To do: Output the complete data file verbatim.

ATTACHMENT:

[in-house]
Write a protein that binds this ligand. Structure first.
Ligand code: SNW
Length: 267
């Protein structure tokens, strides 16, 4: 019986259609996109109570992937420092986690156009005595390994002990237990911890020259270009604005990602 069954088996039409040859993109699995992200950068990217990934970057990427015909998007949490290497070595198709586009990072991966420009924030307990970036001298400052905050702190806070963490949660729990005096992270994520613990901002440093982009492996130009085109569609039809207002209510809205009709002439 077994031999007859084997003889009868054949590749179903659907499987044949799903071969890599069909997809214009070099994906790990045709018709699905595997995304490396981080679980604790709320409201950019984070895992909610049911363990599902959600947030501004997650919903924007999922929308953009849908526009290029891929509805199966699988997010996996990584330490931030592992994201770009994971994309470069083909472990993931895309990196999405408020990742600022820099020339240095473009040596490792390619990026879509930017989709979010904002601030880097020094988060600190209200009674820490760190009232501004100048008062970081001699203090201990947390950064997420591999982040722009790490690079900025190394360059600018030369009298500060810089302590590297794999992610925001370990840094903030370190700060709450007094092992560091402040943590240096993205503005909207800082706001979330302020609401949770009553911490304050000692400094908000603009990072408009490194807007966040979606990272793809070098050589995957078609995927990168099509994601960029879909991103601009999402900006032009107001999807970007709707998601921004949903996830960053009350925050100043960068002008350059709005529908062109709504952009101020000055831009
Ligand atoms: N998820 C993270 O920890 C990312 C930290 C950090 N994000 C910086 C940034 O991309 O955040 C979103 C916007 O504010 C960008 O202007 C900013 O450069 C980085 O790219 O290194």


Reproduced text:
[in-house]
Write a protein that binds this ligand. Structure first.
Ligand code: SNW
Length: 267
């Protein structure tokens, strides 16, 4: 019986259609996109109570992937420092986690156009005595390994002990237990911890020259270009604005990602 069954088996039409040859993109699995992200950068990217990934970057990427015909998007949490290497070595198709586009990072991966420009924030307990970036001298400052905050702190806070963490949660729990005096992270994520613990901002440093982009492996130009085109569609039809207002209510809205009709002439 077994031999007859084997003889009868054949590749179903659907499987044949799903071969890599069909997809214009070099994906790990045709018709699905595997995304490396981080679980604790709320409201950019984070895992909610049911363990599902959600947030501004997650919903924007999922929308953009849908526009290029891929509805199966699988997010996996990584330490931030592992994201770009994971994309470069083909472990993931895309990196999405408020990742600022820099020339240095473009040596490792390619990026879509930017989709979010904002601030880097020094988060600190209200009674820490760190009232501004100048008062970081001699203090201990947390950064997420591999982040722009790490690079900025190394360059600018030369009298500060810089302590590297794999992610925001370990840094903030370190700060709450007094092992560091402040943590240096993205503005909207800082706001979330302020609401949770009553911490304050000692400094908000603009990072408009490194807007966040979606990272793809070098050589995957078609995927990168099509994601960029879909991103601009999402900006032009107001999807970007709707998601921004949903996830960053009350925050100043960068002008350059709005529908062109709504952009101020000055831009
Ligand atoms: N998820 C993270 O920890 C990312 C930290 C950090 N994000 C910086 C940034 O991309 O955040 C979103 C916007 O504010 C960008 O202007 C900013 O450069 C980085 O790219 O290194």